The latest on Russia sanctions from the International Trade and Supply Chain Team
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On March 13, 2020, the Canadian Parliament approved the U.S.-Mexico-Canada Agreement (the “USMCA” in the United States or “CUSMA” in Canada), with Royal Assent, Canada’s equivalent to a U.S. presidential signature, following shortly thereafter.  As a result, Canada became the final of the three countries to approve the revised NAFTA free trade agreement.  Before implementing the USMCA, the member countries must take a number of additional steps including developing uniform regulations, approving the rules of the other countries, and assessing progress toward meeting certain commitments (for example, certain labor courts to be established in Mexico).

After the last party has issued its notification that the necessary additional steps have been completed, the USMCA will replace NAFTA and become effective on the first date of the third month after that notification.  At this time a deadline for such notification has not been set and there is speculation that the process may be slowed by the COVID-19 pandemic.

Husch Blackwell is experienced, working throughout the supply chain to navigate new trade deals. Our trade lawyers are available to discuss these developments and how companies can appropriately prepare for full implementation of the USMCA. Contact Cortney Morgan, Robert Stang or your Husch Blackwell attorney.

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Photo of Robert Stang Robert Stang

Bob focuses his practice on customs and international trade law. He brings 30 years of experience to a wide range of issues that affect inbound and outbound goods, including tariff classification, valuation, country of origin marking matters, free trade agreements, and special trade…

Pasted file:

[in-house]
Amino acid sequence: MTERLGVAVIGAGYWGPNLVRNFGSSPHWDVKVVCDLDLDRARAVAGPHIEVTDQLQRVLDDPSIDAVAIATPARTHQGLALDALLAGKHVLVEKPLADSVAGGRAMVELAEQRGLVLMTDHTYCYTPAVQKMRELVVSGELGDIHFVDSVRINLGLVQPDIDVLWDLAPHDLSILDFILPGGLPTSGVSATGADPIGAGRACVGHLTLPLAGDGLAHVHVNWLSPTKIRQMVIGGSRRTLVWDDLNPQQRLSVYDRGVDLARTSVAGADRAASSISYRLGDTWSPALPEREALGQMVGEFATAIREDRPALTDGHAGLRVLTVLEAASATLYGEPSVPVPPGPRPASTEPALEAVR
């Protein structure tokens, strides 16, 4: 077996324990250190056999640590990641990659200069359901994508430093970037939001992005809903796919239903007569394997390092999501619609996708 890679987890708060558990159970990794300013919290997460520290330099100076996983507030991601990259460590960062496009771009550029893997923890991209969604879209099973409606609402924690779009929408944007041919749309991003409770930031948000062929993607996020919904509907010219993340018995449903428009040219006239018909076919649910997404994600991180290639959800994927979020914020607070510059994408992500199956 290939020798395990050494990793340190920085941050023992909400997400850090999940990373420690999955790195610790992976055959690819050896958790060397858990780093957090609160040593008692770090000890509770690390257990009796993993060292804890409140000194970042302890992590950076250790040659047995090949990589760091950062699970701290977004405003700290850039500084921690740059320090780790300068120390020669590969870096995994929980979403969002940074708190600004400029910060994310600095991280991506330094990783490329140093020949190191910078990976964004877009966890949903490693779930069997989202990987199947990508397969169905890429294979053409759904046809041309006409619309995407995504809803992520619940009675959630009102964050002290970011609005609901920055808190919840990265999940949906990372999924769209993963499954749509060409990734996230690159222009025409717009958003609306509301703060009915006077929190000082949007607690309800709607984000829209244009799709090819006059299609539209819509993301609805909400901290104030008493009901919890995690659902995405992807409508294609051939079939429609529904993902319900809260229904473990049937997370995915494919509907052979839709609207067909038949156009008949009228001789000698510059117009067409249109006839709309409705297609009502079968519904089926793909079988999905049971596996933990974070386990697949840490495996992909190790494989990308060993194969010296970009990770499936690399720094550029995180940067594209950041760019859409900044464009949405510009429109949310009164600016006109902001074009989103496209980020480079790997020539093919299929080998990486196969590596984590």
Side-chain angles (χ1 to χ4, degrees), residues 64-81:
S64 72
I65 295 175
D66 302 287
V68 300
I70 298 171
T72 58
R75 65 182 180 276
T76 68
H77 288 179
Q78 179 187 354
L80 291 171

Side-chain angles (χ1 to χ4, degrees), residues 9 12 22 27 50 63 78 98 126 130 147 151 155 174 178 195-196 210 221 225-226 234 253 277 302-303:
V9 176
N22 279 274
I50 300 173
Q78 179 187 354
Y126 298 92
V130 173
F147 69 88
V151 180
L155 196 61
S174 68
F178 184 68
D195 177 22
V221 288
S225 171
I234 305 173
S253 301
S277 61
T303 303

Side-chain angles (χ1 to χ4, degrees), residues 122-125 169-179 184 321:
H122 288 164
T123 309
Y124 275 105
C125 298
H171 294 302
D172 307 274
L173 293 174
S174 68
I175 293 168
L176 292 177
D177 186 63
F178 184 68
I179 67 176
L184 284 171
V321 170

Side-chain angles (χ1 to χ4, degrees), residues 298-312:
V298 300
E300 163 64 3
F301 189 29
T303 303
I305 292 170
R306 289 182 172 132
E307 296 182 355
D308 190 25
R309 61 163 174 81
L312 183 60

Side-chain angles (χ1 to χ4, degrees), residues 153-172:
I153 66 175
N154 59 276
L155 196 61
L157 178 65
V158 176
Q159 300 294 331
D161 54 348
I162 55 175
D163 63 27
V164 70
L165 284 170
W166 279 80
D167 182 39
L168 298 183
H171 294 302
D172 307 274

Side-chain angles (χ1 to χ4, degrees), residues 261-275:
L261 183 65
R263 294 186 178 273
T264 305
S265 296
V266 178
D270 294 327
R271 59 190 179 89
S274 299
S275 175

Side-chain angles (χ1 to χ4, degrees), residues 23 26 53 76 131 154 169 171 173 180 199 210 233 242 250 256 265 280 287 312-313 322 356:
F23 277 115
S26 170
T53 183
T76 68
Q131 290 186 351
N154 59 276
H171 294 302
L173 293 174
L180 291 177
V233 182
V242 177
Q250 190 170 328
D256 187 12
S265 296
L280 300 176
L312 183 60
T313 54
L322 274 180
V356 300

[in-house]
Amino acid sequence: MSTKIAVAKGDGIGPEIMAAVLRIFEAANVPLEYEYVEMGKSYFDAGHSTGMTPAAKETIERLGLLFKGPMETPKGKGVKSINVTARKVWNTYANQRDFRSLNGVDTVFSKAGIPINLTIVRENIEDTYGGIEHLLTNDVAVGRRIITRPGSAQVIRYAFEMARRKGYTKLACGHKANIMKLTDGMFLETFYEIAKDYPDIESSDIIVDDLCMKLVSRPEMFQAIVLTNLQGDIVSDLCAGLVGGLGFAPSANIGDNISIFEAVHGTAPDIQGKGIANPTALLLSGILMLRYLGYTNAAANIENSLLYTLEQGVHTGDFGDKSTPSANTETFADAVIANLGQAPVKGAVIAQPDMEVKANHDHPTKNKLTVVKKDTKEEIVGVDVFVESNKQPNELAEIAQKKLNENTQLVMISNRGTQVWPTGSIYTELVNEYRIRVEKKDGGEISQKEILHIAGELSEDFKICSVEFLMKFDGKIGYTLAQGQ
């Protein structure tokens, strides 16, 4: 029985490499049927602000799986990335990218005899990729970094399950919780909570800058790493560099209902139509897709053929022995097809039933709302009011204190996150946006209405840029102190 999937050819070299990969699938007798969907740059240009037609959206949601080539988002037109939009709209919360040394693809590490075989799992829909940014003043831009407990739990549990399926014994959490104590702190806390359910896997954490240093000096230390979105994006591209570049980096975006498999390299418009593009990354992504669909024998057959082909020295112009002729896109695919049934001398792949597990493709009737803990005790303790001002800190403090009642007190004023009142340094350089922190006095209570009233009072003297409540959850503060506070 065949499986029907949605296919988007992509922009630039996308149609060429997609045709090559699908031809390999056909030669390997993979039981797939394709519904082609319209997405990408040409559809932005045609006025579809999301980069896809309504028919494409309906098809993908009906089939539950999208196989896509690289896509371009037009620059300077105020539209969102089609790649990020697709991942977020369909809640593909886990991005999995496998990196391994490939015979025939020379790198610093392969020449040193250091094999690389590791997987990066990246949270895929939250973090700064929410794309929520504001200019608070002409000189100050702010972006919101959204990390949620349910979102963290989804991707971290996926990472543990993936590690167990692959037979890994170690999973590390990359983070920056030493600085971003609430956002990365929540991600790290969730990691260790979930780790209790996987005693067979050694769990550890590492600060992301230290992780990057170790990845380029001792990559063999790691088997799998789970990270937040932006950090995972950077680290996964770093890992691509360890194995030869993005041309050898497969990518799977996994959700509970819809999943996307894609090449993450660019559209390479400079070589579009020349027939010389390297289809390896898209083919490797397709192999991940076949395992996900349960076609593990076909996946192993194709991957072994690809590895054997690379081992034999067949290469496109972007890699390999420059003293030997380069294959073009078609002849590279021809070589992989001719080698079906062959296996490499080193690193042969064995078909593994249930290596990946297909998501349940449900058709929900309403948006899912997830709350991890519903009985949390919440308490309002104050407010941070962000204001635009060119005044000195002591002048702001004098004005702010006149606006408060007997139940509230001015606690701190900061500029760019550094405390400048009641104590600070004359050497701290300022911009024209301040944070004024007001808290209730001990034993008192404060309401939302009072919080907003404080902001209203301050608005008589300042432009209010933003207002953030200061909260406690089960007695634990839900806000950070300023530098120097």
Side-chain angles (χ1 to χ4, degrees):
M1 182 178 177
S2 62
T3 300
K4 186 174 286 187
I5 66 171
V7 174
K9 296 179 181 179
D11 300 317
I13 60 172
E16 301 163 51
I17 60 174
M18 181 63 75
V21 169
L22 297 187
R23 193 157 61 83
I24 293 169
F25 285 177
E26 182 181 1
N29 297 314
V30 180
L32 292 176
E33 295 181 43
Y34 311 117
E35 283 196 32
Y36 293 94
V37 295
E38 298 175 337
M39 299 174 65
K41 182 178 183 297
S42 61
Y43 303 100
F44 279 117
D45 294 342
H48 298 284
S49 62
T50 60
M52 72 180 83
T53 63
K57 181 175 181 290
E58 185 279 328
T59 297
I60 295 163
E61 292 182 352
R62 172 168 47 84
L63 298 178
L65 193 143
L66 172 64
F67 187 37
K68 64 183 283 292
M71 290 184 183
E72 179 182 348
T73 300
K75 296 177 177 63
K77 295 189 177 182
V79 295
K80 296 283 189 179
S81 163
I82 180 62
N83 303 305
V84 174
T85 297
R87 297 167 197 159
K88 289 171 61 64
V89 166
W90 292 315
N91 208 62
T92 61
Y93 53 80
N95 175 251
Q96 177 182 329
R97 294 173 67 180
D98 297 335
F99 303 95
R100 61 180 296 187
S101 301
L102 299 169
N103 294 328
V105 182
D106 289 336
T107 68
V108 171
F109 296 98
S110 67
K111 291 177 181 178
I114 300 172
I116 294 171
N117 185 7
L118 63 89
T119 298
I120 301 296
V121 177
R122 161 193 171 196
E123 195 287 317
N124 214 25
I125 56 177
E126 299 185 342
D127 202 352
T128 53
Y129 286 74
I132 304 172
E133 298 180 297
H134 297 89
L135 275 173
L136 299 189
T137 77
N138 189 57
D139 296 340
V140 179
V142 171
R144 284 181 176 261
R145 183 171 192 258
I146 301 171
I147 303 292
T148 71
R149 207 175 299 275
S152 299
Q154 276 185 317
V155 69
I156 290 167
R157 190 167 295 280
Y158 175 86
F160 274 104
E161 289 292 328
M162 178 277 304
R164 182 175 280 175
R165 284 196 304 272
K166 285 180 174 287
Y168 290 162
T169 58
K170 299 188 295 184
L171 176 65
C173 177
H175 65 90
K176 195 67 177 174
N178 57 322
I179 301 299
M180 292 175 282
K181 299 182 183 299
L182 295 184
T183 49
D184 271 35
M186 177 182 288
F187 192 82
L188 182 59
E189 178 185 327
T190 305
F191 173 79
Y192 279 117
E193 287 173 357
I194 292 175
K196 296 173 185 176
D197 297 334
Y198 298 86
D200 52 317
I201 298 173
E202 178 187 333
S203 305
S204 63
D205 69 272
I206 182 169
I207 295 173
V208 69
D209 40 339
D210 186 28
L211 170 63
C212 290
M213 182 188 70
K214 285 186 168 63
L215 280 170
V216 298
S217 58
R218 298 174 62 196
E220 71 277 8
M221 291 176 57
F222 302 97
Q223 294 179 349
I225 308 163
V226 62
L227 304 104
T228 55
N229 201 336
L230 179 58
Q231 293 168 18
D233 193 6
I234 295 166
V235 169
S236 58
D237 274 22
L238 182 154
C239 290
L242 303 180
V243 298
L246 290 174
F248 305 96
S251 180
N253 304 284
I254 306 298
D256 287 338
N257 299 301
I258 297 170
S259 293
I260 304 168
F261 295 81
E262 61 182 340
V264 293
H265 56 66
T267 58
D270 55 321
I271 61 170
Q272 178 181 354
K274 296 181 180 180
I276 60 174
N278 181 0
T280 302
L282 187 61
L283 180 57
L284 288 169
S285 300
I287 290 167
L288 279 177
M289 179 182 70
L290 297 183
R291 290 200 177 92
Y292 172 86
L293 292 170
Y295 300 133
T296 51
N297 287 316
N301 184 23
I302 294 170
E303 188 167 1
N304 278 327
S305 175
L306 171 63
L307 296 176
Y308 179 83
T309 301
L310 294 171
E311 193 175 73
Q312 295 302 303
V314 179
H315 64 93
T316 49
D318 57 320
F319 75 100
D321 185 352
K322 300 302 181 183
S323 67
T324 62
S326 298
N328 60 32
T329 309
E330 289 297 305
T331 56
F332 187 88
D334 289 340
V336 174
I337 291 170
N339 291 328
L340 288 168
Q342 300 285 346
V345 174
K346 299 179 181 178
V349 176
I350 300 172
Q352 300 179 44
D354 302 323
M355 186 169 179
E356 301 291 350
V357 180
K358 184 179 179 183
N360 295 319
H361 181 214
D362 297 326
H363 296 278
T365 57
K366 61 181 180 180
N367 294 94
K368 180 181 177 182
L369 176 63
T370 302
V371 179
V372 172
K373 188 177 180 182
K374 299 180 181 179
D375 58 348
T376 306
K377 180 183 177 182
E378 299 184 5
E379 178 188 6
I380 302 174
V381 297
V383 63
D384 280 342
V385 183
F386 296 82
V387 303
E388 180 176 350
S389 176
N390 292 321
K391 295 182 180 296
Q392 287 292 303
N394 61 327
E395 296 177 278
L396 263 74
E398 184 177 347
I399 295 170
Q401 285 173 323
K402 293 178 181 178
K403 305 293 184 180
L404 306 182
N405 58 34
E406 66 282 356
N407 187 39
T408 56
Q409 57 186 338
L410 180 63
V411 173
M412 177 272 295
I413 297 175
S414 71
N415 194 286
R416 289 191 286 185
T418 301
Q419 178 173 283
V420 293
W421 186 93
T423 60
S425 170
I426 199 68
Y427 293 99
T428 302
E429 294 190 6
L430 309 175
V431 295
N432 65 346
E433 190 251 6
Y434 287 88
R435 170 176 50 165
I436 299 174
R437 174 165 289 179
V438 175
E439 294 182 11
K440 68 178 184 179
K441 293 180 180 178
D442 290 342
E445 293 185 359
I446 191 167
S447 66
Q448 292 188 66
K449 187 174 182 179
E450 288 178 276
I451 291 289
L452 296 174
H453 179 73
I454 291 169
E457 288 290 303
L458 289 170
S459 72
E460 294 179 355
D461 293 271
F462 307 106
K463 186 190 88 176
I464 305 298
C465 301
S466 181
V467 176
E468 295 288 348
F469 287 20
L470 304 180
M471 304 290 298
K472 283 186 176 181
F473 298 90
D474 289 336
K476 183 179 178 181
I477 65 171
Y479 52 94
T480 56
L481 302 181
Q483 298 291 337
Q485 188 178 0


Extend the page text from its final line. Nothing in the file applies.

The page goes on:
Bob focuses his practice on customs and international trade law. He brings 30 years of experience to a wide range of issues that affect inbound and outbound goods, including tariff classification, valuation, country of origin marking matters, free trade agreements, and special trade programs. He also has extensive customs compliance experience and regularly assists importers facing U.S. Customs and Border Protection (CBP) audits, penalties, seizures, redelivery notices and other agency enforcement activities. Bob works with importers and exporters proactively to achieve cost savings and structure programs that meet CBP “reasonable care” requirements. He also handles supply chain security issues, including Customs-Trade Partnership Against Terrorism (C-TPAT) enrollment, verification and annual reviews.

Photo of Julia Banegas Julia Banegas

Julia is an associate in the Washington, DC office of Husch Blackwell. She advises clients doing business in the heavily-regulated Government Contracts and International Trade sectors.

Photo of Cortney Morgan Cortney Morgan

An experienced attorney in the area of international trade and supply chain issues, Cortney advises foreign and domestic clients on all aspects of international trade regulation, planning and compliance, including import (customs), export controls, economic sanctions, embargoes, international trade agreements and preference programs.